Digital Twin Sandbox Sentinel-2 collection available to everyone
Have you ever wanted to perform rapid prototyping of your machine learning models on a global scale? Now you can.
Sometimes things neatly fall in place. Over the New Year “holidays” period, which was not really festive this year, one of our data scientists, Matic Lubej, was toying around with an idea to create a Sentinel-2 time-lapse of the whole world, full year. That is quite a lot of data to process — around 3 PB or hundreds of trillions of pixels of information — perhaps a bit too much to just get a couple of seconds long animated GIF as a result. Then the idea struck — let’s store the intermediate results and make them available to anyone who wants to use them in their work.
“Such collection is an essential input for any kind of EO ML process. To make it by oneself, one would have to process several PB of data. We’ve done this for you.”
When running ML experiments with EO imagery one typically needs a multi-temporal and multi-spectral stack of data. Ideally clear of clouds. And, even better, without gaps due to clouds or orbit borders. A while ago we implemented the concept of an interpolated patch - a harmonized dataset, where best pixel values are taken over the specified period, then interpolated to fit a uniform temporal spacing (like what Pangeo and xcube are doing). There are easy ways available to build these on-the-fly as well as cost-efficient ways to do it at large scale. However, if one wants to do it on a really really large scale, it becomes expensive and takes quite a lot of time both to produce the harmonized dataset, as well as to use it. This gave us an idea to create a 120-meter resolution harmonized yearly stack, which is still feasible, in terms of costs, to produce it as well as to consume it — it is just 5 TB of data for a whole year, so something one can easily process in due time. It is therefore super easy to create various ML-based workflows and try them out on a global scale — land cover, crop classification, yield prediction and a ton of other things that we cannot even imagine.
About the collection
SOURCE: Sentinel-2 L2A
TEMPORAL AVAILABILITY: 10-daily periods in 2019 (2020 to be added in April, previous years as well if we find the data useful) *
GEOGRAPHICAL AREA: Land surface area between 58 degrees South and 72 degrees North **
BAND INFORMATION: B02 (blue), B03 (green), B04 (red), B08 (NIR), B11 (SWIR), B12 (SWIR)
PROCESSING SCRIPT: Interpolated time-series
FORMAT: COGs tiled by UTM zones ***
LICENSE: CC-BY 4.0* To produce one year of data, we processed 18 months, covering a three months before and after, to ensure continuity over a longer period.
** We are aware of some technical glitches resulting in about 0.1% of the data missing (you will notice black gaps, they are obvious). These will be added shortly.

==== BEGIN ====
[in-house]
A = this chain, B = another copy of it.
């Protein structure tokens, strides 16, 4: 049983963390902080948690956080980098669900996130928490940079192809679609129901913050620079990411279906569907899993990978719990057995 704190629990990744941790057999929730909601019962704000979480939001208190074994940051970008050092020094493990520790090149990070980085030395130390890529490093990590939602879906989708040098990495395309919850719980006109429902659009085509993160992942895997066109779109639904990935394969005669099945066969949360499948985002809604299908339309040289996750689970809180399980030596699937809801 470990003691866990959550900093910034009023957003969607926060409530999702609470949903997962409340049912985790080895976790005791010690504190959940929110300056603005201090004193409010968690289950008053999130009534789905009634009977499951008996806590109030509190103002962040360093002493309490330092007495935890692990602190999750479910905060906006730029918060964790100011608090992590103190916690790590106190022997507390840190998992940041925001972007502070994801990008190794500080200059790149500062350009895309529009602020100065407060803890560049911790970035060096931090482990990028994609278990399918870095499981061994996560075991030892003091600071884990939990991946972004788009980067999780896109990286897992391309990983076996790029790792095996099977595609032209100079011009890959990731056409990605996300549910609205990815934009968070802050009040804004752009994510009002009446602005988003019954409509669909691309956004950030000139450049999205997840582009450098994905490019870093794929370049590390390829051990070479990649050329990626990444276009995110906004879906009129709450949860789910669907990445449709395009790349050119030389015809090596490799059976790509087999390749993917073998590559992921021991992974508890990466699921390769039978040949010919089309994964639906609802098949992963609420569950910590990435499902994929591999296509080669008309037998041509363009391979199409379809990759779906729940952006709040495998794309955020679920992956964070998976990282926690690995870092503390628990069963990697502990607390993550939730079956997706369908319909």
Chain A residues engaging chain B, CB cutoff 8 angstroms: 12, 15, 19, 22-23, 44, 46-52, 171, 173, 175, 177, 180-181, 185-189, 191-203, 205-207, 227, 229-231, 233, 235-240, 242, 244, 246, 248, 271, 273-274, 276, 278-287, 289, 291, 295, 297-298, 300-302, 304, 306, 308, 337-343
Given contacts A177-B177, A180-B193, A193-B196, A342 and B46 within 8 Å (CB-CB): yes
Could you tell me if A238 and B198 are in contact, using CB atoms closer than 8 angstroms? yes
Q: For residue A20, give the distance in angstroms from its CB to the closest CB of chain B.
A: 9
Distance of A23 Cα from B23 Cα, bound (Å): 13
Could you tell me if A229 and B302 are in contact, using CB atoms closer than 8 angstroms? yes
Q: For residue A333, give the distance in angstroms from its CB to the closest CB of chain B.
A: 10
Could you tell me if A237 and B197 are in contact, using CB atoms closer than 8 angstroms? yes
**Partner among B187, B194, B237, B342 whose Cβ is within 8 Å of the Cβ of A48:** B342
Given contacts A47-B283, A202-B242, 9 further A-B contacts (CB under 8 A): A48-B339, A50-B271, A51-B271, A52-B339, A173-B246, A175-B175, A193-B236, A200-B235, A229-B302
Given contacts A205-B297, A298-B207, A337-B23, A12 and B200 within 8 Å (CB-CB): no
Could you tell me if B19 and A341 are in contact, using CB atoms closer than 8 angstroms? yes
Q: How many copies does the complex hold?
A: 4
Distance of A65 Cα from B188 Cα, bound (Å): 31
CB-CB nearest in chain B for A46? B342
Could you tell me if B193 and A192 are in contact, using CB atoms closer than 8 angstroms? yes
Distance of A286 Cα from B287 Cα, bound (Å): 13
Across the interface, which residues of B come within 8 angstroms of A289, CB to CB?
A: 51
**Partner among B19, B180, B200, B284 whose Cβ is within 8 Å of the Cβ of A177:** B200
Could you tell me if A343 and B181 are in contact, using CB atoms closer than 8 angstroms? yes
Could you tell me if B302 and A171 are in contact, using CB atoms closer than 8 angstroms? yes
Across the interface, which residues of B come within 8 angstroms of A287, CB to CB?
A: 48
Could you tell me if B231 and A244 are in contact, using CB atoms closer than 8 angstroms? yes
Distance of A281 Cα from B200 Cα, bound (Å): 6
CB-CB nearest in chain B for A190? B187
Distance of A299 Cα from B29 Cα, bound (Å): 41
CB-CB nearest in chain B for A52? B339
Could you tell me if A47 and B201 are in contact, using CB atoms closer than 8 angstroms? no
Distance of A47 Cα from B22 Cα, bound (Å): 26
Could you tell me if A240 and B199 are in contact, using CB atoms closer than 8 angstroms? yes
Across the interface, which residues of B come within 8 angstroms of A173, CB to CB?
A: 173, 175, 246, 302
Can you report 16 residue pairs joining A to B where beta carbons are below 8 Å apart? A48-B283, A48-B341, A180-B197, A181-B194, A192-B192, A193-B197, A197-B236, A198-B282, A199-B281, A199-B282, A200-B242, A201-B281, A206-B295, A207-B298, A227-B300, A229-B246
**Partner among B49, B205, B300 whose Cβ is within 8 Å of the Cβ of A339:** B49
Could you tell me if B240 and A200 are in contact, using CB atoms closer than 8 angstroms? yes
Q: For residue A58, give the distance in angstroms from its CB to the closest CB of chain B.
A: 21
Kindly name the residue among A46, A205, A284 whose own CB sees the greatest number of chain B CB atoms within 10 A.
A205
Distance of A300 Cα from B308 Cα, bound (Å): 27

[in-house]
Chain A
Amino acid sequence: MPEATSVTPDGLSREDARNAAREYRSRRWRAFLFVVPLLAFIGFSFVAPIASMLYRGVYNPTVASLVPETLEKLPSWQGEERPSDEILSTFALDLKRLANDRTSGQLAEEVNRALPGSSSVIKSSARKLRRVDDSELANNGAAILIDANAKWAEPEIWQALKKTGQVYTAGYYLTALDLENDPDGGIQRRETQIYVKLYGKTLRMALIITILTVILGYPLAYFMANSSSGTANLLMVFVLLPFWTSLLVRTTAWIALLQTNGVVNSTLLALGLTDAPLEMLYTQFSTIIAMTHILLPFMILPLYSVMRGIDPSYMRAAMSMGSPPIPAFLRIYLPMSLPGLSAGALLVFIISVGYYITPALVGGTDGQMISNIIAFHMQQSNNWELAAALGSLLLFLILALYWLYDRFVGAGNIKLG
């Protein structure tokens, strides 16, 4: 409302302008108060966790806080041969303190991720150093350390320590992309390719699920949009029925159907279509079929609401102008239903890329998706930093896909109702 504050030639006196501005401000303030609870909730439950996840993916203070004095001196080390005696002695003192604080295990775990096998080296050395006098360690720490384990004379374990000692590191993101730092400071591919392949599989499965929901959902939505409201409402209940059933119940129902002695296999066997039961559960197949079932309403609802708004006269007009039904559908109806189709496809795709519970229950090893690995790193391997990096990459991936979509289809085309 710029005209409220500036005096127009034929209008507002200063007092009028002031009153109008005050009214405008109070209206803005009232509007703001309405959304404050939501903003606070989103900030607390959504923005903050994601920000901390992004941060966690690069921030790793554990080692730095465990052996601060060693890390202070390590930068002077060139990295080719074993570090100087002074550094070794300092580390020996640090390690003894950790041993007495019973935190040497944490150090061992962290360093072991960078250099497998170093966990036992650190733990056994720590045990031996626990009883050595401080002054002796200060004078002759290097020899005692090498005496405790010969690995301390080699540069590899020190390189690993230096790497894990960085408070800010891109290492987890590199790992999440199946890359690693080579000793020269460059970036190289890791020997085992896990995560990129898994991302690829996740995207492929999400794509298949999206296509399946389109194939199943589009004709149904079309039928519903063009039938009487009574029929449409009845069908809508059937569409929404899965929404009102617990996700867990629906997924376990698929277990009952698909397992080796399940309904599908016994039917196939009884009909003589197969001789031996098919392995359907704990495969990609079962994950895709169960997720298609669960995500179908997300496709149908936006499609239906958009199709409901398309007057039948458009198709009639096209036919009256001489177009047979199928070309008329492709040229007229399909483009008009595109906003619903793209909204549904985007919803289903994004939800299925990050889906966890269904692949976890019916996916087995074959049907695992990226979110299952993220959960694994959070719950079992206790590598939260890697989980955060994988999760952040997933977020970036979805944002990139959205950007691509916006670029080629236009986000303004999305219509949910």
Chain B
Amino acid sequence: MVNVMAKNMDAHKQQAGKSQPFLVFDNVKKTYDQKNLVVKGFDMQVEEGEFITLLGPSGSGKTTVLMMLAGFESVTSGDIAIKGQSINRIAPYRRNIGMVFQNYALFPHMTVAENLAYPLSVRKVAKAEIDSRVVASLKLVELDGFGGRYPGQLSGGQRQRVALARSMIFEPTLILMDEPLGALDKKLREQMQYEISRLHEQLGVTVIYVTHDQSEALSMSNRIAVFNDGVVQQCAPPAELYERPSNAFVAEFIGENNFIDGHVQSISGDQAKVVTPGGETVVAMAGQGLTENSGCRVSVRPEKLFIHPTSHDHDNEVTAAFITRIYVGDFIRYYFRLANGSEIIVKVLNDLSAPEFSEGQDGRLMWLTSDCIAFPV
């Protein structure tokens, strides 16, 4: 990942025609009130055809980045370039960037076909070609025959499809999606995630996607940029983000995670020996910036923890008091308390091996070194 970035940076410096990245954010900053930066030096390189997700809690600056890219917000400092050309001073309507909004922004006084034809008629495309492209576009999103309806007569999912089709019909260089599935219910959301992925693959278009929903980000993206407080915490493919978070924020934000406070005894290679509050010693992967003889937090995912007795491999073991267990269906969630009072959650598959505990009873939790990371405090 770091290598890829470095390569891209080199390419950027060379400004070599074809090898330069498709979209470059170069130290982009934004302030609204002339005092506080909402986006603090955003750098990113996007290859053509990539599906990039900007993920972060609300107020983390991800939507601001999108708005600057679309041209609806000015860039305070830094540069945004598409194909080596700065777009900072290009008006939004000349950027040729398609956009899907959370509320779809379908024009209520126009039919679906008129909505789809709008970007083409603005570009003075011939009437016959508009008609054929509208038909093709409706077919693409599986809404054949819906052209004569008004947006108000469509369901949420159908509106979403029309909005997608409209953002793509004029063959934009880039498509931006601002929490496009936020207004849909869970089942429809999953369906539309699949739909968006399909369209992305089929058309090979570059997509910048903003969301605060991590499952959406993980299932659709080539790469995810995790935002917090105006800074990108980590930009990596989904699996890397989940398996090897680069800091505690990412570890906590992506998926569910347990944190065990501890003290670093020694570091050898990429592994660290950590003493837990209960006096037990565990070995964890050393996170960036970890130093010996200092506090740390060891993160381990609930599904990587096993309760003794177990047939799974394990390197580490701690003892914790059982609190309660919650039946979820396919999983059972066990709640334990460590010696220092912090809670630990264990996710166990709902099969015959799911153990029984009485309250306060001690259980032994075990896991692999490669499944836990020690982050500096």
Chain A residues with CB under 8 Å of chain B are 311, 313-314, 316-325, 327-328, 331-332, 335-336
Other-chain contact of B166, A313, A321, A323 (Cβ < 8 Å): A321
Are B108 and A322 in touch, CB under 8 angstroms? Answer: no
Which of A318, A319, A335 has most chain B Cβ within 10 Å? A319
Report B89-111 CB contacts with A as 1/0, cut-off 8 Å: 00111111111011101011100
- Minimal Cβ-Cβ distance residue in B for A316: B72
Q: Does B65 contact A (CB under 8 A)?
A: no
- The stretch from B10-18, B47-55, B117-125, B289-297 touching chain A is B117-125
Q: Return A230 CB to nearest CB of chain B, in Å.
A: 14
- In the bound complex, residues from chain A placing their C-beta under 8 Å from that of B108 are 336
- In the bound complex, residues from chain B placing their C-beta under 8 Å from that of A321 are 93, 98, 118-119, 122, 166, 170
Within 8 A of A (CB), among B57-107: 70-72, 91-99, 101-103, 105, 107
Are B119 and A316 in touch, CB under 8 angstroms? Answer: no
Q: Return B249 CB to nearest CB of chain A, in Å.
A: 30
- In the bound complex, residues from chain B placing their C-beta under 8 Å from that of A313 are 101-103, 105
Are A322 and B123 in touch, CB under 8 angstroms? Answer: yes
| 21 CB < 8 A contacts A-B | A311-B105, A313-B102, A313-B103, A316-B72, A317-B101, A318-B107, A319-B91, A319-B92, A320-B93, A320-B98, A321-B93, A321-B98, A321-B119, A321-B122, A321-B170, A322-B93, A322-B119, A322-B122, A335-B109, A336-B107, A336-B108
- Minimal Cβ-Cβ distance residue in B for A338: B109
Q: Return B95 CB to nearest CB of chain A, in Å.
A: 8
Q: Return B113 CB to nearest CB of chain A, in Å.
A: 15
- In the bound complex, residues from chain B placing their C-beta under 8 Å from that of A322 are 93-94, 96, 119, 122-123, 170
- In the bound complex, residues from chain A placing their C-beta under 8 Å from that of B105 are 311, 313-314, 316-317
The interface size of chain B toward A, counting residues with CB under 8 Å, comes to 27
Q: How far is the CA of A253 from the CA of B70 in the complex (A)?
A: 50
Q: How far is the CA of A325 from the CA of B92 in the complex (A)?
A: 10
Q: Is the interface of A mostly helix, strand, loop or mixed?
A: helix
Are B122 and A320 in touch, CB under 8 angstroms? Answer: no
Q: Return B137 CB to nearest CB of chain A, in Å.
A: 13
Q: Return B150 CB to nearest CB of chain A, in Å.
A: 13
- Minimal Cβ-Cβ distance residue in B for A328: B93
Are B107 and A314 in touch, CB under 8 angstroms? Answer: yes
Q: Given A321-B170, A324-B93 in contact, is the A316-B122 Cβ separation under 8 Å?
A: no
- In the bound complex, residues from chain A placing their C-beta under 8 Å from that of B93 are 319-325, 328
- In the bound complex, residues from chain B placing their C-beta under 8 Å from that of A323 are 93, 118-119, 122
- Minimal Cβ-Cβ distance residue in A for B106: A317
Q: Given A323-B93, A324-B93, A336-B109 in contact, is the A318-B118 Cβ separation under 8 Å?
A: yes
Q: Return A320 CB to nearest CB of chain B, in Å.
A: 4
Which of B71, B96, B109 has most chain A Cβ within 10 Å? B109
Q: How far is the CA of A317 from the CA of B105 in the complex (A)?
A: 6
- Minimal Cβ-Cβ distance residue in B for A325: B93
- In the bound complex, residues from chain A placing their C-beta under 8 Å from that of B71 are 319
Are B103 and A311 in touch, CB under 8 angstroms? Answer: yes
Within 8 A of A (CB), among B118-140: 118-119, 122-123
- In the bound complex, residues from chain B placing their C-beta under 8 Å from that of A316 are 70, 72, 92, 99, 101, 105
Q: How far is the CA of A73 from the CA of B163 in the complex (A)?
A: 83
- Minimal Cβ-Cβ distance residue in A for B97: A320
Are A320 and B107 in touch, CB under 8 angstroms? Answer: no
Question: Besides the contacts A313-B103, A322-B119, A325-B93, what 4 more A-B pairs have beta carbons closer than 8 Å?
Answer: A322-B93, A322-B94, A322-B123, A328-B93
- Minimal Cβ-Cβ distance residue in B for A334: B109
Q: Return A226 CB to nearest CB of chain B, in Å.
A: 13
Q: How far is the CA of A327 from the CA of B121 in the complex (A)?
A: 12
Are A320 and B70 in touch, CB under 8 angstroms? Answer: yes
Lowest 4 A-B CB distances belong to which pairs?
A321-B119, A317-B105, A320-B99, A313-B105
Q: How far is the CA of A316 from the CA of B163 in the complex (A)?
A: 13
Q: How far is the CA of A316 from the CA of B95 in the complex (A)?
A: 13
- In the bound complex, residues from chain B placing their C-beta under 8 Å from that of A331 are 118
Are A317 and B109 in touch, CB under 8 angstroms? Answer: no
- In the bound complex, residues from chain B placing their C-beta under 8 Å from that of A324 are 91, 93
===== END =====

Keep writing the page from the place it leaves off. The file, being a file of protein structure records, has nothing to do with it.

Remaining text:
*** Technically we use Sentinel Hub's 100km grid for Batch processing, then merge it by UTM zones.
The data is available via several means:
- Access them directly in the cloud on CreoDIAS and AWS S3, openly available
- Stream them via Sentinel Hub
- Visualise them in EO Browser and play with it.
What is this good for?
First and foremost, we envision this collection to be used in various machine learning exercises. Just about any model that was working on Sentinel-2 data should work with these data as well, hopefully even better, as the data is cloudless (wherever possible). We have removed most of the complexity of the remote sensing, therefore making the collection easy to use even for non-experts, e.g. computer vision data scientists. As a starting point, one can perform land cover or crop-type classification, perhaps bare soil or mowing detection. Sentinel Hub custom scripts work here as well, e.g. monthly snow report or snow cover change detection (make sure to check if the script is using DN or reflectance and adjust accordingly).
Having the data easily accessible at such a large scale also makes it convenient to observe various global phenomena, for research as well as for educational purposes. An example that is often shown is a variation of NDVI during the year. Now you can perform these analyses yourself, in EO Browser, Jupyter Notebook or elsewhere.
One could also use the data as a nice background map — the resolution is twice the one of the Blue Marble and the fact that it is available in 37 intervals over the year might make it a very interactive. With COGs being openly accessible it should be straightforward to integrate it using Sentinel Hub OGC services or rio-tiler-mosaic.
Last but not least, there is a ton of material for artistic expressions of our planet, either for still imagery or by creating beautiful time-lapses.
How to Make the Perfect Time-Lapse of the Earth
A detailed guide covering various usecases on making animations from satellite imagery
What will you do with it?
We are eager to see, how the community will use it!
Share with us your experiences as well as ideas for future evolutions of the data.
This activity was performed in the scope of Horizon 2020 Global Earth Monitor project and the European Space Agency’s Digital Twin activities within Phi Lab. Thanks to both for the support and, importantly, the great Sentinel-2 dataset, as well as CreoDIAS and AWS for their willingness to share the data publicly.
TThe project has received funding from European Union’s Horizon 2020 Research and Innovation Programme” under the Grant Agreement 101004112, Global Earth Monitor project.